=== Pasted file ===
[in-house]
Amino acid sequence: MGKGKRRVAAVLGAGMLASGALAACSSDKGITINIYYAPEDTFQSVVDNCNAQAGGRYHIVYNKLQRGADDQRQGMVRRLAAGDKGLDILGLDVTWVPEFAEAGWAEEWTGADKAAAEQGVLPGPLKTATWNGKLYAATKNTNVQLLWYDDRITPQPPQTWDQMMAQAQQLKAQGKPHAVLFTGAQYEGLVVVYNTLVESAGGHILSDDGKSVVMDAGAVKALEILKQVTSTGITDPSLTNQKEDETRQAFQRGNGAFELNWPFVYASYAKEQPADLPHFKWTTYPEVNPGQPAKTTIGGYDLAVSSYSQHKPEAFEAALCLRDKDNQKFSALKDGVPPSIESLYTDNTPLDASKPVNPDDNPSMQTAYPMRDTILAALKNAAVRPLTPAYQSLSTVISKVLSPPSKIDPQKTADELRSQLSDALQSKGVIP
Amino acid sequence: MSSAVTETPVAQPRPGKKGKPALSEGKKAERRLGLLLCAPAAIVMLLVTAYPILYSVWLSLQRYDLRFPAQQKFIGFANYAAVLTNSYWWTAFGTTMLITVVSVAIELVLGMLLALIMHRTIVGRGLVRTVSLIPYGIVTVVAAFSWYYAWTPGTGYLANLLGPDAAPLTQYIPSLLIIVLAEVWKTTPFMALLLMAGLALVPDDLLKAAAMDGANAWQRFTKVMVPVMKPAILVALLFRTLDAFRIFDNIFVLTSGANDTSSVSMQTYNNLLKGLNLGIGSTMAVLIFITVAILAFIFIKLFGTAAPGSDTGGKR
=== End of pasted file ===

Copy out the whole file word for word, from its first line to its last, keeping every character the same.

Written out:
[in-house]
Amino acid sequence: MGKGKRRVAAVLGAGMLASGALAACSSDKGITINIYYAPEDTFQSVVDNCNAQAGGRYHIVYNKLQRGADDQRQGMVRRLAAGDKGLDILGLDVTWVPEFAEAGWAEEWTGADKAAAEQGVLPGPLKTATWNGKLYAATKNTNVQLLWYDDRITPQPPQTWDQMMAQAQQLKAQGKPHAVLFTGAQYEGLVVVYNTLVESAGGHILSDDGKSVVMDAGAVKALEILKQVTSTGITDPSLTNQKEDETRQAFQRGNGAFELNWPFVYASYAKEQPADLPHFKWTTYPEVNPGQPAKTTIGGYDLAVSSYSQHKPEAFEAALCLRDKDNQKFSALKDGVPPSIESLYTDNTPLDASKPVNPDDNPSMQTAYPMRDTILAALKNAAVRPLTPAYQSLSTVISKVLSPPSKIDPQKTADELRSQLSDALQSKGVIP
Amino acid sequence: MSSAVTETPVAQPRPGKKGKPALSEGKKAERRLGLLLCAPAAIVMLLVTAYPILYSVWLSLQRYDLRFPAQQKFIGFANYAAVLTNSYWWTAFGTTMLITVVSVAIELVLGMLLALIMHRTIVGRGLVRTVSLIPYGIVTVVAAFSWYYAWTPGTGYLANLLGPDAAPLTQYIPSLLIIVLAEVWKTTPFMALLLMAGLALVPDDLLKAAAMDGANAWQRFTKVMVPVMKPAILVALLFRTLDAFRIFDNIFVLTSGANDTSSVSMQTYNNLLKGLNLGIGSTMAVLIFITVAILAFIFIKLFGTAAPGSDTGGKR